Yet, others heaped great praise on Kemp-Welch: her direction of the play was ‘ruthless’ (which this critic tells us is, ahem, ‘A truly remarkable achievement for a woman’; Ron Boyle in The Daily Express, 5 April 1966); she ‘scale[d] the play down to the proportions of a straightforward, intensely dramatic and stomach-tightening Sicilian opera without music’ and ‘there was not a pitch of voice or camera angle that was not exactly and unfussedly right’ (Daily Mail, 5 April 1966). The critic Philip Purser relates that Kemp-Welch added a detail to the final fight between Eddie and Marco (another illegal immigrant – played by John Collin – who, alongside Rodolpho, was shopped to the authorities by Eddie): she had them challenge each other excitingly with dockers’ hooks before the fatal knife was drawn, as seen in the image adjacent. For one critic it was ‘as polished and exciting a piece of television drama as I’ve seen for months (Roy Wilson, ‘Miller Play Had Power and Punch’, Eastern Evening News, n.d.). The Peterborough Evening Telegraph went further in declaring that ‘if ITV can produce more plays of this calibre, [the] BBC will have to look to its laurels’ (‘ “A (Superb) View from the Bridge” on ITV’, n.d.).
I am really looking forward to having a look at the production file that exists for this production in the BFI’s archival collections in the hope that some of Kemp-Welch’s directorial decisions and more information on Michael Yates’ design are documented, in which case I will certainly add an addendum to this summation of critical opinion on this production.
1986: a three-part BBC production in the English File series for schools by Geoff Wilson
Having only print sources to evaluate in order to get a sense of the 1966 Associated-Rediffusion production, we now have the opposite situation for the 1986 BBC schools production. A viewing copy exists for this production in the BBC’s archives (although the first DVD was, regrettably, corrupted at the point of viewing; what follows therefore draws on Parts 2 and 3 only) but nothing, as yet, by way of print sources – but this is, of course, not an uncommon situation, especially for schools productions.
This studio production of A View from the Bridge is very well executed, with even the glaring distraction of the (mostly) British actors trying, and not always succeeding, to assume Sicilian-American accents paling into the background after the first part. Miller’s stage instruction for ‘the street and house front of a tenament building’ (p. 378 of the 2007 Methuen edition of the text) translates in this production to a hazy depiction of the Brooklyn bridge and Manhattan skyline for the back-drop with a yellow taxi-cab foregrounded on a typical American street. This outdoor locale is pretty detailed (see image adjacent) but it still somehow has the feel of a theatre set in which the artificiality of a part standing for the whole is accepted without difficulty.
The slightly claustrophobic feeling resulting from having so many people gather in the main acting area – the small dining room of Eddie and Beatrice’s modest apartment – underscores the hugeness of the emotions bubbling under, and increasingly often over, the surface of the characters’ interactions with each other, whether it be Eddie’s dominant possessiveness of his niece Catherine, her burgeoning love affair with illegal immigrant Rodolpho or the sense of abandonment Eddie’s wife Beatrice feels.
The cameras often take in the whole room, from a variety of angles in quick succession, in preference to close-ups of individual characters in order to capture the different perspectives from which a single action or word is felt by different characters, such as when Rodolpho (played by Vincenzo Ricotta) sings ‘Paper Doll’ to the delight of Catherine (Francesca Brill) and the resulting discomfort of Eddie (Del Henney). As can be seen in the adjacent image, Catherine’s reaction and Eddie’s unhappiness is clear; Beatrice (Yvonne Bryceland) watches on benignly; whilst Marco (Mark Jax) who, with a wife and three children dependent on his American earnings back home, is sensitive to shifts in mood and careful not to tread on the toes of his hosts is located so that he can see all the different responses in the room.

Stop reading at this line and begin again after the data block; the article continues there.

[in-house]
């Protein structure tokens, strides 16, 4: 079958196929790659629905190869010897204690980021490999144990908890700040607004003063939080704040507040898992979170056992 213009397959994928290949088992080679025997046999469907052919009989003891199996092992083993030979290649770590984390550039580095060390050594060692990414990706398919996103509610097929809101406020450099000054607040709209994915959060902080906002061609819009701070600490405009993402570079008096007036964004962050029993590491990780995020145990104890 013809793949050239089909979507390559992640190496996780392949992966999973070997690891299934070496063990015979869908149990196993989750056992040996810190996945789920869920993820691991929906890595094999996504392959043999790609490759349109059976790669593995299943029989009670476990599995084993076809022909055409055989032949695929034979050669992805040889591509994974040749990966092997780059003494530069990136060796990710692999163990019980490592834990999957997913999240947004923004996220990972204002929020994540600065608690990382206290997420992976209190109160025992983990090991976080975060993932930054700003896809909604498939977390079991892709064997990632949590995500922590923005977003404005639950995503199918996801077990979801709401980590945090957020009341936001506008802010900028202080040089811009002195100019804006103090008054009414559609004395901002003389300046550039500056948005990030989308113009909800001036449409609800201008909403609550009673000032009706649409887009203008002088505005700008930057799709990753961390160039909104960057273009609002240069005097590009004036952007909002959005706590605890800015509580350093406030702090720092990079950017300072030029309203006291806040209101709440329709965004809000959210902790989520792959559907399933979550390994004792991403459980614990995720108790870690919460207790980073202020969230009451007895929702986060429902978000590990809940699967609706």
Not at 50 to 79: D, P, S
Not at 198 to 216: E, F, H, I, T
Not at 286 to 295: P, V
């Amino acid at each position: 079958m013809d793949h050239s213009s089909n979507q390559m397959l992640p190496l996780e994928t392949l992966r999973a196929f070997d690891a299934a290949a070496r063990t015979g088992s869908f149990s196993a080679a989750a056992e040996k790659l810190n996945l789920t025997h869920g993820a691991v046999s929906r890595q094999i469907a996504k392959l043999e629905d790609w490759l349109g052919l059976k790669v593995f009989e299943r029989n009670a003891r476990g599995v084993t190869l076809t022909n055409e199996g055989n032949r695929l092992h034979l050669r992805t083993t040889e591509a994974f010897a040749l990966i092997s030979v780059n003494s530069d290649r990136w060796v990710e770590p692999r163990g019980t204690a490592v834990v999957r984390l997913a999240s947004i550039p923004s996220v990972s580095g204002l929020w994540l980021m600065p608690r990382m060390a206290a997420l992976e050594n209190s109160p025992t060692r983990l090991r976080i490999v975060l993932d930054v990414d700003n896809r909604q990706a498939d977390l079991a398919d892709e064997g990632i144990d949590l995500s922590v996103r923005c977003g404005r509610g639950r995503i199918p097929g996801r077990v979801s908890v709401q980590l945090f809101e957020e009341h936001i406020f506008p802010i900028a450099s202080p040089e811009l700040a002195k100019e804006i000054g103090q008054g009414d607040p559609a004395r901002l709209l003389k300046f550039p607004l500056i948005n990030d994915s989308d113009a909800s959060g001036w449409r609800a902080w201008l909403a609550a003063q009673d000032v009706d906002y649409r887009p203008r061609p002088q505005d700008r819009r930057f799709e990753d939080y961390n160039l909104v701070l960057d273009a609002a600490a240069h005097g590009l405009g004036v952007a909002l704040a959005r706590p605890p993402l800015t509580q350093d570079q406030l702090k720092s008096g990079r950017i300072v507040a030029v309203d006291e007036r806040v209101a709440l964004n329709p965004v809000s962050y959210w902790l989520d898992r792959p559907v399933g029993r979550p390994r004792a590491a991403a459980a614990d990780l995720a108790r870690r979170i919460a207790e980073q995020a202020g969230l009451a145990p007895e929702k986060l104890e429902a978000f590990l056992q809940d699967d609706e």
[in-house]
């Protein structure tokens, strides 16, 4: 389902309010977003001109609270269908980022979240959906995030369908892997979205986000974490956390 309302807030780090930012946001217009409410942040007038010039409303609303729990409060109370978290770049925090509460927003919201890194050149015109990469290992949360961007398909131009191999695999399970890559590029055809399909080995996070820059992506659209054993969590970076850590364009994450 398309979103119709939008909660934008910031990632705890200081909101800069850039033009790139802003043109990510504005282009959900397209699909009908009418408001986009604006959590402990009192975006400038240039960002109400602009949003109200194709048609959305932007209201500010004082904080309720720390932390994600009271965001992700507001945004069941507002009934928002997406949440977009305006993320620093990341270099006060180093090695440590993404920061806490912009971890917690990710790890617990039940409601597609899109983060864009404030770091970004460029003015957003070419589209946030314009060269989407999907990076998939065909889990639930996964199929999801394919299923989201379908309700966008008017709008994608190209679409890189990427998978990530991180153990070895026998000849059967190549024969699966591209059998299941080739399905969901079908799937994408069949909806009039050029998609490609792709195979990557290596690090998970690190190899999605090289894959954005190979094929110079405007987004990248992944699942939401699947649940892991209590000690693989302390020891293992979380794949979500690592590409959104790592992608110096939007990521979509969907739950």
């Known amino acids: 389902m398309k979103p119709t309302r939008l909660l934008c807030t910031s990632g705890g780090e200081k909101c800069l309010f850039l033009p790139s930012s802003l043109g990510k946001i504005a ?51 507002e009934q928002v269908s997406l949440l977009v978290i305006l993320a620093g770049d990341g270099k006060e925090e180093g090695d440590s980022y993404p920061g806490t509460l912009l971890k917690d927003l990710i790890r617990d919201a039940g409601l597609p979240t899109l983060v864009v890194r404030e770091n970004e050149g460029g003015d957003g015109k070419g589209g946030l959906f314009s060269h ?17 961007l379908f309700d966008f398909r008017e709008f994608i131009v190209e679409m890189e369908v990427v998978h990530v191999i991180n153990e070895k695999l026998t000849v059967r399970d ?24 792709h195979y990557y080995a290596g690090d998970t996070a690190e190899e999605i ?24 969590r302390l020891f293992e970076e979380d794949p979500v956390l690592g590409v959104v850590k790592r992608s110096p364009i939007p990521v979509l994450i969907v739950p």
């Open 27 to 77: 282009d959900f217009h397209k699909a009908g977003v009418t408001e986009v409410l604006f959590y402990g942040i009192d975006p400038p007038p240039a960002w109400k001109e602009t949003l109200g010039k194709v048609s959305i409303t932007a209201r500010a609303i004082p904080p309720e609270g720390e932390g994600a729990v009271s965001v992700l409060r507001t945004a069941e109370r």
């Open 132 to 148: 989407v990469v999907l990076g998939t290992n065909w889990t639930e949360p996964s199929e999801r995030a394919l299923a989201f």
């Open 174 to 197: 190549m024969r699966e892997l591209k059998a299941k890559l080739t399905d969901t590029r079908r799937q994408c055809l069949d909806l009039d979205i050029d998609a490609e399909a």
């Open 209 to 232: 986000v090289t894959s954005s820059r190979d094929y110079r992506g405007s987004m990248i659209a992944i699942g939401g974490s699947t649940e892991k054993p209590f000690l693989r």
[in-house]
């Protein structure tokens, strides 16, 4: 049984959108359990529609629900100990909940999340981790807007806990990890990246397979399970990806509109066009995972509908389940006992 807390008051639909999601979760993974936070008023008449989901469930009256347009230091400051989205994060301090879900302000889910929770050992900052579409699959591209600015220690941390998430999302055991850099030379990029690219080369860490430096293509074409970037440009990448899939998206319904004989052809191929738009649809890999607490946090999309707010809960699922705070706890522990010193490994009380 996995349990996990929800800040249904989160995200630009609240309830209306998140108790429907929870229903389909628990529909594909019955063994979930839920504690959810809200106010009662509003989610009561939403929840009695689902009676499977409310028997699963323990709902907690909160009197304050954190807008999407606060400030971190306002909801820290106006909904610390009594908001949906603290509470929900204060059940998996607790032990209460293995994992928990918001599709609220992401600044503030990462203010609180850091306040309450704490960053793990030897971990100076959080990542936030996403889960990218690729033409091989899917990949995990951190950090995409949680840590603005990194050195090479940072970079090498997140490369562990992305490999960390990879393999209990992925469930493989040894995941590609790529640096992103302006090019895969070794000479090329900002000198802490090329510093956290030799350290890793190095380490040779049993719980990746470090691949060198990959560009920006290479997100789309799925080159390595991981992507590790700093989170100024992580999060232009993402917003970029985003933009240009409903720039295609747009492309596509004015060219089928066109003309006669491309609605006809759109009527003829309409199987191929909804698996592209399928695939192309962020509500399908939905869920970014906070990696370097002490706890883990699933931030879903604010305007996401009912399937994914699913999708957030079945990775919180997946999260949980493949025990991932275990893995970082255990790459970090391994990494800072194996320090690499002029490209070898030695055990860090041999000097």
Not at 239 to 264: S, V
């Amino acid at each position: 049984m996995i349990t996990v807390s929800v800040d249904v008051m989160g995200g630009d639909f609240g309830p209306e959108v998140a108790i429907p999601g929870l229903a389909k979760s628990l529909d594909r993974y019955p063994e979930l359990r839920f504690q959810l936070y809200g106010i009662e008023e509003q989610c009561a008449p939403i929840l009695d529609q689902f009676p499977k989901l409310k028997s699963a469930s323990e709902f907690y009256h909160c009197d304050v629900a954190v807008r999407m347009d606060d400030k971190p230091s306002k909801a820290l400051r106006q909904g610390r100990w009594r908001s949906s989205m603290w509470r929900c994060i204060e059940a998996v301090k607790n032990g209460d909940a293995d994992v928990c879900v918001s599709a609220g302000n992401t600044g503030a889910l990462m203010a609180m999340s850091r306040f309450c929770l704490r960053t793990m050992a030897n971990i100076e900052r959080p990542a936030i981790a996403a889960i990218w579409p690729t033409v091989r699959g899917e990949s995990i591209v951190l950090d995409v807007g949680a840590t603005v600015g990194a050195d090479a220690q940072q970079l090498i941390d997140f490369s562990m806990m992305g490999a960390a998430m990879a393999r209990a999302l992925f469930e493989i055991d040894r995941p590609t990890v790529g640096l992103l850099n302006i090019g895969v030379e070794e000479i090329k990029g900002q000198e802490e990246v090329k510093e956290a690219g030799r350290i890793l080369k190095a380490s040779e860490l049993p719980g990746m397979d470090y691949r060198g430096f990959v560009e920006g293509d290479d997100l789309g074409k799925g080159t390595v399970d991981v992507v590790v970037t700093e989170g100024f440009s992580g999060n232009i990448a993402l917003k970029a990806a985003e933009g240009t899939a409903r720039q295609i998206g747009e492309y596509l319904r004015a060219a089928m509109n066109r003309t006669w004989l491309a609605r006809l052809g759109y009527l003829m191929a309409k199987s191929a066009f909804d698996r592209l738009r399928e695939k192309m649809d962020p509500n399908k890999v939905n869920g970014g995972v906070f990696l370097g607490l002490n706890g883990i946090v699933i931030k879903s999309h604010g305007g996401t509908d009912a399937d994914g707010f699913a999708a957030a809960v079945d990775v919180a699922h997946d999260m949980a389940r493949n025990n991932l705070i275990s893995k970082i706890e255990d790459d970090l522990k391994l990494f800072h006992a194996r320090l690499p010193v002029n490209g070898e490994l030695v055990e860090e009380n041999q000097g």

As noted above, the lawyer Alfieri (John Bluthal) serves as narrator and functions as a modern-day embodiment of the ancient Greek chorus, able to witness, advise and comment but without the ability to stop the onward progression of events. He interacts with the characters, but speaks directly to camera with the wisdom of hindsight, standing slightly outside of the drama. See, for example, the first image from this production above, taken from the end sequence following the murder of Eddie by Marco: Alfieri is one of the bystanders during the fight but as Eddie lies dying, embraced by the two women in his life, the lawyer leaves the group, the action in the background slowly freezes and he addresses the camera for the final time. This dramatic function is highlighted by the way the camera pans from the outdoors set into the indoors set of his office at several points in the production; during this he continues to talk to the camera as may be seen in the image here.
Finally, how did this production for schools manage the scene in which Eddie kisses Rodolpho? Without much embarrassment, as one might expect even a few more decades on from the Lord Chamberlain’s ban (but it is worth noting that this production was transmitted to schools in 1986, the year in which the controversial amendment to Section 28 banned local authorities from promoting the acceptability of homosexuality). As befits the particular dramatic narrative of this play, the unwillingness of both Catherine and then Rodolopho in being physically overpowered and kissed by Eddie is at the fore. The kisses are aggressive eruptions of Eddie losing the battle to contain his jealousy and they do little to persuade Catherine that Rodolpho is not really interested in her and only after a Green Card. This is the crucial scene, the climax of the play. The rest merely unravels Eddie’s life with all the inevitability of a modern-day Sophoclean hero: as Alfieri says in his Epilogue, ‘he allowed himself to be wholly known’ (p. 439), which reminds us of Oedipus’ relentless pursuit of self-knowledge despite the consequences.
Thus ends my fourth post in this series looking at Arthur Miller on British television. There are more archival resources to be explored and one or two more productions to be viewed so please do watch this space for addenda or further short posts!